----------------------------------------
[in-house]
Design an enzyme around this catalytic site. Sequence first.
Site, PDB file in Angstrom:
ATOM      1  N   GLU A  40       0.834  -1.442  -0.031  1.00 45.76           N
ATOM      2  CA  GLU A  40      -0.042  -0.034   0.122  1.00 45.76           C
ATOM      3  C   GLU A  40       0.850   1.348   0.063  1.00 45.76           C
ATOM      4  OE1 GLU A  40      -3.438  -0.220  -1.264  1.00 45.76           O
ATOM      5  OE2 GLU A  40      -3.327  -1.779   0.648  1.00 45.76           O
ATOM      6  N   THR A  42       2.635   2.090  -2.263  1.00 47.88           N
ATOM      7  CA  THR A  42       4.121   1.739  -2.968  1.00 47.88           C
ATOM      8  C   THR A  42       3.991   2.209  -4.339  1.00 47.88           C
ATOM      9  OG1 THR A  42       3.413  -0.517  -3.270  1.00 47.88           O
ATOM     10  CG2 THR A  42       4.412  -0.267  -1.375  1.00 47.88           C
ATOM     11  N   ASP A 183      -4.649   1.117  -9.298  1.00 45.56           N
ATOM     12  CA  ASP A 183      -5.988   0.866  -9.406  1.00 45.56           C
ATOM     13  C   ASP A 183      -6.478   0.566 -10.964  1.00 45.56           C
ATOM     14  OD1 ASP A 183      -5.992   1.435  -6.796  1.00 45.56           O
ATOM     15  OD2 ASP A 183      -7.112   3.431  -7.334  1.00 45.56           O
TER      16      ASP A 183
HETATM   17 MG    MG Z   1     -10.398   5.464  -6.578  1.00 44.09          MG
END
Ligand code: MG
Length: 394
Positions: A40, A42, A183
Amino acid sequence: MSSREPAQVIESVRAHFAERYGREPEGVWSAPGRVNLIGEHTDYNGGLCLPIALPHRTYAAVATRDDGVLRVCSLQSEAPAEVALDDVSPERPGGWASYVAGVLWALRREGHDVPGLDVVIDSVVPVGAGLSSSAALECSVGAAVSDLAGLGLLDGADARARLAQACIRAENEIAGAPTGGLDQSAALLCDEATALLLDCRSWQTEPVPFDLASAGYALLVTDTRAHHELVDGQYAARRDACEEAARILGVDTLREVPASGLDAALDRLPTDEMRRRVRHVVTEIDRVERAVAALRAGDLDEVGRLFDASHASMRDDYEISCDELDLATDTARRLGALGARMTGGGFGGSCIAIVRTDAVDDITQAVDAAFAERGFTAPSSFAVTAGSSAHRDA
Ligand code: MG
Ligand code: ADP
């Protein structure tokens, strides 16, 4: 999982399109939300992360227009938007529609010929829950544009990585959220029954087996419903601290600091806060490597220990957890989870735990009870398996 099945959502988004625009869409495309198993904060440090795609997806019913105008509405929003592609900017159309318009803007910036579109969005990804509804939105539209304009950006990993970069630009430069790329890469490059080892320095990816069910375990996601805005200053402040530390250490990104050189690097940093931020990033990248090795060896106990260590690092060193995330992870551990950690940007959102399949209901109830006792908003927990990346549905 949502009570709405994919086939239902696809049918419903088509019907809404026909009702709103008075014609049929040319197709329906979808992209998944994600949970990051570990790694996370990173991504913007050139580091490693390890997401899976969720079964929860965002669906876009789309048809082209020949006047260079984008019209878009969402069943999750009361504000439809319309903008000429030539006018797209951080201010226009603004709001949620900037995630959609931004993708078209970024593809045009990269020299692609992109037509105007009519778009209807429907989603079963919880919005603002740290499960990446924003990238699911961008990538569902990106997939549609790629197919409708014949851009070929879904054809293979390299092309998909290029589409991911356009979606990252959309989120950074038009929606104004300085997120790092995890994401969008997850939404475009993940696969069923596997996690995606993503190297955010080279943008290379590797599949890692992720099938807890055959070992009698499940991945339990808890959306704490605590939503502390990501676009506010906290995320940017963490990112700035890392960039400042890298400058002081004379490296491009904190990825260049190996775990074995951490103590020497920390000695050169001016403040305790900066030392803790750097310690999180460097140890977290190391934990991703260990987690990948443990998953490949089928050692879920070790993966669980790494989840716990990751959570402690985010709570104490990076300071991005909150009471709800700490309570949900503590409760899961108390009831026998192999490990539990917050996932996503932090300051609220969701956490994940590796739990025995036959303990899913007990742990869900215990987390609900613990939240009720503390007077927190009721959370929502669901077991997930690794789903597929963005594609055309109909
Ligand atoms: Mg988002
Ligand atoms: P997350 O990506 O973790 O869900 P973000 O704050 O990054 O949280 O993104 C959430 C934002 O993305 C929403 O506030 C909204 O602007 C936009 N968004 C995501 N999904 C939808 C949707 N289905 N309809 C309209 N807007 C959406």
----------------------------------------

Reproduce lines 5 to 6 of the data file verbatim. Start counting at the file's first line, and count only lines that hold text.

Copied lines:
ATOM      2  CA  GLU A  40      -0.042  -0.034   0.122  1.00 45.76           C
ATOM      3  C   GLU A  40       0.850   1.348   0.063  1.00 45.76           C